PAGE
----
The Canadian Canoe Museum has announced the winning design for the new museum at the Peterborough Lift Lock, created by heneghan peng architects of Dublin, Ireland, and Kearns Mancini Architects of Toronto.
The winning design features a serpentine glass pavilion with a two-acre rooftop garden, offering views of the Peterborough Lift Lock. The organically shaped volume, banded on its top edge with local hardwood, is embedded within the building site’s drumlins. The rooftop garden will provide the community with the possibility of creating edible gardens, native flower pollinators, and aboriginal three sister plantings.
The museum says the design submission from heneghan peng / Kearns Mancini stood apart from the other submissions, as it works organically with the land rather than overwhelming it.
The embedded design also has inherently lower energy costs, with geothermal heating and cooling and only the east and south glass walls being exposed to the elements. Inside, the 80,000-square-foot single floor design offers a flexible floor plate, allowing the museum to reconfigure the interior by changing internal partitions.
“The design looks forward to the importance of sustainability, respect and responsibility as we move forward as a nation to the Sesquicentennial in 2017 and beyond,” says Richard Tucker, executive director of the Canadian Canoe Museum. “The design speaks to the importance of the contents, programming and messages conveyed by the Canadian Canoe Museum and its craft to all Canadians.”The architect selection committee was chaired by Lisa Rochon, Senior Fellow with the Global Cities Institute at the University of Toronto and formerly the award-winning architecture critic for The Globe & Mail.
“All of the short-listed submissions were beautiful and thoughtful,” Rochon says. “Ultimately, the jury awarded the heneghan peng/Kearns Mancini scheme for exemplifying the lightness and sublime functionality of the canoe. The museum design breaks with ego-driven architecture to offer a gentle, organic space that poetically winds its way along the Trent-Severn.”
“No matter where you are inside the museum or outside standing on its roof, you will always be able to see the water, and a canoe waiting to be paddled by you,” she adds. “I can’t wait to see this museum built. It’s going to change the way we think about architecture, place making, and the canoe — a true icon of design.”
The selection committee also included Chief Phyllis Williams of Curve Lake First Nation, representatives from Parks Canada, the City of Peterborough, business leaders, and museum staff. Committee members met over several months to hear presentations from the five short-listed teams and to consider all designs during meetings at the Canadian Canoe Museum and at Curve Lake’s Business Centre.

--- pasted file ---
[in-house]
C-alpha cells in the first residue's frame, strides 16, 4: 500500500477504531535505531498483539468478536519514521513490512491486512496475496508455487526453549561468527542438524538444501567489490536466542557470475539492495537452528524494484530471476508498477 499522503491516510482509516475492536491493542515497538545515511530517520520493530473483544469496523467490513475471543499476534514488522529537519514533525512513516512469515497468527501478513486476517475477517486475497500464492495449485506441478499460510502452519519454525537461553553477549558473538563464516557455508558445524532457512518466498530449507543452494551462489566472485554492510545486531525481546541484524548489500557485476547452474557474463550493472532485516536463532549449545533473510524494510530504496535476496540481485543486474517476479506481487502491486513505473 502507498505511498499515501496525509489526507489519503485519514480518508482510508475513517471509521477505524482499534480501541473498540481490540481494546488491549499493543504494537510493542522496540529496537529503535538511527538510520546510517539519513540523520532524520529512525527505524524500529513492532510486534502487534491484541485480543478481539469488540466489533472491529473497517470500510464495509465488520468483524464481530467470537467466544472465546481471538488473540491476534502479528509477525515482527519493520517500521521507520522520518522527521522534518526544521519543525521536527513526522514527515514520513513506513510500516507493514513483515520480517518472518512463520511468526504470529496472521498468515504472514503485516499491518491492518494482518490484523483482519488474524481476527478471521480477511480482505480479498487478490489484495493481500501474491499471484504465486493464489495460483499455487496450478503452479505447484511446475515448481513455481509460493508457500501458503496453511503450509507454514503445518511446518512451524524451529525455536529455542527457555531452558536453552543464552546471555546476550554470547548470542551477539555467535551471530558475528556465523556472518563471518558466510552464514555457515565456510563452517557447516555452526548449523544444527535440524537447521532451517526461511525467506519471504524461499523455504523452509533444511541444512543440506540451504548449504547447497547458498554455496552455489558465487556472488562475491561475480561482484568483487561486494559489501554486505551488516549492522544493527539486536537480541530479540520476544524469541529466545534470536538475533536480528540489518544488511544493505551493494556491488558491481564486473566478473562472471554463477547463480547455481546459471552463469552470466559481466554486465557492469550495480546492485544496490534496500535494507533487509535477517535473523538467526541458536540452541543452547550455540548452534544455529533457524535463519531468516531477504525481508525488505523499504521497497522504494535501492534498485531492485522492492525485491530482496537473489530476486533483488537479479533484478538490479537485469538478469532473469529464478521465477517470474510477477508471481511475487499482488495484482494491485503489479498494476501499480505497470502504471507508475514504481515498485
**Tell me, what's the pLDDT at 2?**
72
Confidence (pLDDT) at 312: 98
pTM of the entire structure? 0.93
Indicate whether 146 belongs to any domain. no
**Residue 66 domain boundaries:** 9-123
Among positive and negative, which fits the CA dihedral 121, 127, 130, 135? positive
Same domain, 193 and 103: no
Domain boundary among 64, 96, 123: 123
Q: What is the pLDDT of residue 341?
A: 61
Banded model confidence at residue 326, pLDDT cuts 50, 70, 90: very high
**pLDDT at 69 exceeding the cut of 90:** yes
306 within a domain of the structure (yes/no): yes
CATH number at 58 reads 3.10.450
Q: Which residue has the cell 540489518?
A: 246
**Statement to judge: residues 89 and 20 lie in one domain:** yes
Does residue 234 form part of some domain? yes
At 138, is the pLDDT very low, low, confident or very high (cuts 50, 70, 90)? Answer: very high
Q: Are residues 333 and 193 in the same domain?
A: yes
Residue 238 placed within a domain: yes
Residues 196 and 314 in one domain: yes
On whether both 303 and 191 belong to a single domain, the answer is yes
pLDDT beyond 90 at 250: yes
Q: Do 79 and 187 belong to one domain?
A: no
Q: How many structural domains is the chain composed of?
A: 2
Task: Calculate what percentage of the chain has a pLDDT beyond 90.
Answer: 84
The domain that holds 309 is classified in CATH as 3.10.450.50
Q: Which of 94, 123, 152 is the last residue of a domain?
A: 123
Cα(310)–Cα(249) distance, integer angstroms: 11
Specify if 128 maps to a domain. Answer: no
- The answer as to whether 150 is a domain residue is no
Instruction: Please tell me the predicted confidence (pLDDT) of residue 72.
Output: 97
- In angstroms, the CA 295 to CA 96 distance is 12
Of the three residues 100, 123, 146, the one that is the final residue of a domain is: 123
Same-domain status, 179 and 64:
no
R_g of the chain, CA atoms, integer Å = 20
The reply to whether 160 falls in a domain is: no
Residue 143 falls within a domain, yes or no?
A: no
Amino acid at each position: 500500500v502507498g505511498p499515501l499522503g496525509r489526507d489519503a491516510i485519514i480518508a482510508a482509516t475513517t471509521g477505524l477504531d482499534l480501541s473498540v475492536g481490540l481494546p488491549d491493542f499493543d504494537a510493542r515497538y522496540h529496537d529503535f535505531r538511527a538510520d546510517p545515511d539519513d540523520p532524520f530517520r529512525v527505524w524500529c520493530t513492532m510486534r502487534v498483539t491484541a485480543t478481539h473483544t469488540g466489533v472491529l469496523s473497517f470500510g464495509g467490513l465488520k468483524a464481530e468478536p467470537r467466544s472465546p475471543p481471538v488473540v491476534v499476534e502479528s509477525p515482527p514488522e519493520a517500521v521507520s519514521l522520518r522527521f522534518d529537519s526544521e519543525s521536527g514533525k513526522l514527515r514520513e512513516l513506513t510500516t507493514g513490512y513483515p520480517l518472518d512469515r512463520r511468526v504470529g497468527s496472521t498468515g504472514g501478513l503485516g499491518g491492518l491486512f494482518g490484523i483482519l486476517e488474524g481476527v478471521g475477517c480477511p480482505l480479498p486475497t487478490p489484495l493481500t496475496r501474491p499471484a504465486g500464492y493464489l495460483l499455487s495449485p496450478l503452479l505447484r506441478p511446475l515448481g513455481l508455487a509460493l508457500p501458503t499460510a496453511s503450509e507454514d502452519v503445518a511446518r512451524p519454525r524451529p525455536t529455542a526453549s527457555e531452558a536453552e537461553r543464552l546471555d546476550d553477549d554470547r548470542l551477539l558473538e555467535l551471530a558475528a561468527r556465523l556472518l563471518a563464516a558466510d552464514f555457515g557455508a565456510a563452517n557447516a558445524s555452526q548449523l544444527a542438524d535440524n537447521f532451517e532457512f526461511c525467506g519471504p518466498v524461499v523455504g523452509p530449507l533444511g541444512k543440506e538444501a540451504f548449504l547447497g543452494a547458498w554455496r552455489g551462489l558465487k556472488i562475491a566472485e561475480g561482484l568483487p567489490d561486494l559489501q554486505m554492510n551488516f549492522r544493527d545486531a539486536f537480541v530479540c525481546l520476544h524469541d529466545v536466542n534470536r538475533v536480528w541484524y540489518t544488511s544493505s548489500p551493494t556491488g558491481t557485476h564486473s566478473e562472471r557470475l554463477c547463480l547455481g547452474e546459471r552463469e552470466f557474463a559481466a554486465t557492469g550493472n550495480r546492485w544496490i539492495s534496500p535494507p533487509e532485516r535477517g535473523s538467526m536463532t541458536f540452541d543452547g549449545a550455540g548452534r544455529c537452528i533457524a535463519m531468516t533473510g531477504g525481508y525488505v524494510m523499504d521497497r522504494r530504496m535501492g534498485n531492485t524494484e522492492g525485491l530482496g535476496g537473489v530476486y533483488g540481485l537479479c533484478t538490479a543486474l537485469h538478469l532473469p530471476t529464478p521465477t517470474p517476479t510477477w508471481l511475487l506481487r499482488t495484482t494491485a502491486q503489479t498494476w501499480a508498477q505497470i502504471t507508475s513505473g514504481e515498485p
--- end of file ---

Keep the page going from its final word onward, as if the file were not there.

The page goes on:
The museum also presented the design submissions at a public meeting last September and collected additional community feedback through online media polls, emails, and letters.
There will be a presentation of the award of the contract to the winning design team, at a date to be announced, and the public will be invited to attend to meet the design team.
Now that the design has been selected, the design team will prepare a planning submission to the City of Peterborough and Parks Canada for approval, while the museum will launch a campaign to raise the necessary capital funds for the construction of the new museum.
Assuming the museum can secure the necessary funding, it expects to break ground in late 2017 — the year of Canada’s Sesquicentennial — with the new facility open to the public by 2020.
Features of the new Canadian Canoe Museum
- Approximately 80,000 square feet of internal area
- 17,000 square feet of exhibition
- 20,000 square feet of high bay storage that will be accessible to the public
- A 250-seat multi-purpose room available for events and weddings
- An eastern door for aboriginal sunrise ceremonies
- A restaurant and café featuring local food
- A gift shop
- A toddler play area
- A Trent-Severn Canal Exhibition from Parks Canada
- Artisanal workshops
- On-canal programming, canoe skills for all ages, winter and summer
- Citizenship ceremonies in canoes, next to the museum
- Connections to Trent-Severn bike path in front of the museum
- Outdoor terrace and public space for yoga, food festivals